Challenge Journal #6: Women in “society”

This one carries a little bit of a heavier weight.

This struggle reflects one that I am having as I create a project for another class in which I am currently enrolled. Is that against the rules? Can “prior” assignment be one from last month? Can’t I just vent for a second? Is this going to affect my Comm grade?

In my Upper-Level Writing course for my fabulous major, I’m producing a work about gender barriers broken in the sports world. As I write about the way that the media has covered Becky Hammon—the first female assistant coach to be hired by the NBA—since her hiring in August of 2014, I try to find the best way to talk about her gender as a lens to explain how her hiring has been received and discussed.

 

For example:

While the fact that Hammon was hired at all suggests progress in closing the gender gap in a powerful role in this extremely masculine institution, unsettling responses to her hiring suggest that perhaps we are living in a world where much of the population is not yet ready to see a woman leading what has historically been a man’s game.

 

In both of these projects—one where the feminist implications are more explicit that the other—I’m having a hard time establishing my authority in contributing to the conversation. At what point am I overstating what these practices and reactions mean for women in society? Is the fact that I am using the word “society” at all a red flag?

4 thoughts to “Challenge Journal #6: Women in “society””

  1. Ally,

    Hm. The world “society” always leaves me with extremely mixed feelings. A couple years back, I found myself using society in a lot of my work. Then I finally realized, what am I referencing? Can I really reference all of society when there are so many different people that encompass society? I think if you are going to use the word society, it might be useful to take Ray’s advice and define what you mean in the beginning. You can even make a disclaimer that it is not all encompassing and you are not trying to essentialize all women into one category. With women especially, it is tricky to use society. There are so many different women with different experiences (e.g. women of color, poor women, working class). A definition in the beginning will definitely set the reader up to better understand what sector of society you are talking about.

    Best,
    Jenn

  2. Ally,

    You raise an interesting point in your research. I myself often struggle to discuss whether or not the role of women in a “man’s world” has made any progress in recent years. The mere idea that we have dig deep to research this possibility, most likely means that women have not even begun to make a dent. But that’s not necessarily our fault. The larger point is that the world in which we have been raised has forever been built by men. And in order to upset this idea, or introduce women as equals in any sense, that fundamental fact needs to be disrupted in some way. Perhaps an entire generation needs to die off before progress can be made? The reality of this is largely unknown.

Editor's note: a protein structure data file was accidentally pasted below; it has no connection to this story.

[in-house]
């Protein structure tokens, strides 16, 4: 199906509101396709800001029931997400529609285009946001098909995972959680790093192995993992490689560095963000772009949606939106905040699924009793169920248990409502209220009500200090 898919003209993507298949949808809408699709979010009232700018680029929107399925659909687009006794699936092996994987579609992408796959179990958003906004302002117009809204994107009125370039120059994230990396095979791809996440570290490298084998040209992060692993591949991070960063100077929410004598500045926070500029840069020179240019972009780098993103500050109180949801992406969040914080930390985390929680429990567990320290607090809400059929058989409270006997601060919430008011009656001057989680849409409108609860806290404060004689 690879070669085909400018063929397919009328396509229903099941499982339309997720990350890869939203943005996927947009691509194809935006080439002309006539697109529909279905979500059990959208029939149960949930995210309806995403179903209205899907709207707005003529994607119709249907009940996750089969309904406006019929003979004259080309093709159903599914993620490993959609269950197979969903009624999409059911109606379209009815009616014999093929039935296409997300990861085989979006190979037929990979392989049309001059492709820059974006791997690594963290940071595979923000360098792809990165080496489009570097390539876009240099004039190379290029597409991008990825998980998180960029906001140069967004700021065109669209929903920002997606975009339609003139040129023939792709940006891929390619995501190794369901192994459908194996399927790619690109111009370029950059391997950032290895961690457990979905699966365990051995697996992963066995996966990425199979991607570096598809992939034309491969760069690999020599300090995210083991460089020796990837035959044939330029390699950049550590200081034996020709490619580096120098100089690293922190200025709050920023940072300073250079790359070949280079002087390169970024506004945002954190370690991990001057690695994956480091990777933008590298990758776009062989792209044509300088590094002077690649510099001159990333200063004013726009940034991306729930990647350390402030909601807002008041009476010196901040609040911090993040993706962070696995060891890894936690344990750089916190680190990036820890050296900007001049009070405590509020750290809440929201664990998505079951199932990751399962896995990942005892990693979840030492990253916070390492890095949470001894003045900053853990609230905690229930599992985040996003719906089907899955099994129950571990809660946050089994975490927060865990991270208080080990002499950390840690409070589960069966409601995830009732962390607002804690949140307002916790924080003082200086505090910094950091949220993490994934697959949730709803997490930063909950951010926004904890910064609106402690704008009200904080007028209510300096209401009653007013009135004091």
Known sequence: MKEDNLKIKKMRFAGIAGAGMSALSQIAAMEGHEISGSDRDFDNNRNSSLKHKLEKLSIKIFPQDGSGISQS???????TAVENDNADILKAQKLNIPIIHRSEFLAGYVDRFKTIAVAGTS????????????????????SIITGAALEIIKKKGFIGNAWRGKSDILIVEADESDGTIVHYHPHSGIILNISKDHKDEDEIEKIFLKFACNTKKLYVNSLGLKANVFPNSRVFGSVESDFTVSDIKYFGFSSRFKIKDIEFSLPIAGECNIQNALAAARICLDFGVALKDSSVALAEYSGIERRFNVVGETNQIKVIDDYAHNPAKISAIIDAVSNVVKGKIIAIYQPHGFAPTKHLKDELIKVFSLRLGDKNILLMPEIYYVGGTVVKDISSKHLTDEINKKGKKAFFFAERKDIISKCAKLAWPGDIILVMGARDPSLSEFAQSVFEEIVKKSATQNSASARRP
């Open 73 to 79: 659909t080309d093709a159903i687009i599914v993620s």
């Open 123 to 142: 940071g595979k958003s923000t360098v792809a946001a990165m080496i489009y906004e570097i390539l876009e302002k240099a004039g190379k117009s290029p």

I think my point is as follows: that as long as the conservation revolves around whether or not the world is ready for women to become more of a presence, the world will not be ready. When the mere concept of “women’s studies” becomes as redundant and unnecessary as “men’s studies” then we will have made it.

    I can only hope that we will be alive for that period of time.
    Best,
    Kelly

  3. Hi Ally,

    As you know, I too am discussing feminism throughout my capstone. I definitely know what you mean when you describe the struggle of establishing authority over the topic. Feminism is such a largely written about and discussed topic, which made it hard for me to feel like a my ideas would be credible or unique. To help overcome this, I really thought about my place in feminism in a personal, rather than scholarly, sense. Looking at how equality and feminism directly impact my life, I was able to garner the confidence I needed to present my ideas without feeling fraudulent. Perhaps considering the way you personally have been impacted by feminism (or anti feminist practices) would help you feel more authoritative!

  4. Hi Ally,
    I completely agree with Caroline here. Feminism shouldn’t be something that we’re “scared” or feel uncomfortable to write about. In a way, I actually think that the word feminism itself has become so overused and misrepresented that I think we need to start looking at it in terms of “equality” as opposed to “feminism.” I think that sometimes people think about feminism solely in terms of promoting the interests of women, instead of promoting equality between men and women.
    Growing up as women in this day and age, of course we have a solid leg to stand on when discussing whether or not we are treated the same as men and, if we aren’t, how/why that is not the case.
    So, like Caroline was saying, thinking of feminism as a personal, rather than scholarly, issue really helps me feel more comfortable discussing it. How has gender equality affected me personally? Of course my answer to that is going to be valid because it’s honest and sincere and personal.
    I always love a good vent session!

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